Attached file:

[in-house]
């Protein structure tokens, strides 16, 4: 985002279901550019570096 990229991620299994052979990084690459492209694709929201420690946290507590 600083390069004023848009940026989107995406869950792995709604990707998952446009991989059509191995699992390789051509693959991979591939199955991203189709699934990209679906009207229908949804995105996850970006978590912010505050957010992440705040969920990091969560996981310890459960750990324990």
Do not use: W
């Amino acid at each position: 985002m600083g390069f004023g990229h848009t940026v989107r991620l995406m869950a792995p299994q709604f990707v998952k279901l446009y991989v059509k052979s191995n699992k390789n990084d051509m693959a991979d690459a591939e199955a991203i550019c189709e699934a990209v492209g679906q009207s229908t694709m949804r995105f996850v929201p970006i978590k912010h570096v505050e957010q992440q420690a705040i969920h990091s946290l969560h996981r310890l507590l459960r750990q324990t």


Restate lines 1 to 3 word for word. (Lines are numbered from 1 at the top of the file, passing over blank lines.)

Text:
[in-house]
């Protein structure tokens, strides 16, 4: 985002279901550019570096 990229991620299994052979990084690459492209694709929201420690946290507590 600083390069004023848009940026989107995406869950792995709604990707998952446009991989059509191995699992390789051509693959991979591939199955991203189709699934990209679906009207229908949804995105996850970006978590912010505050957010992440705040969920990091969560996981310890459960750990324990």
Do not use: W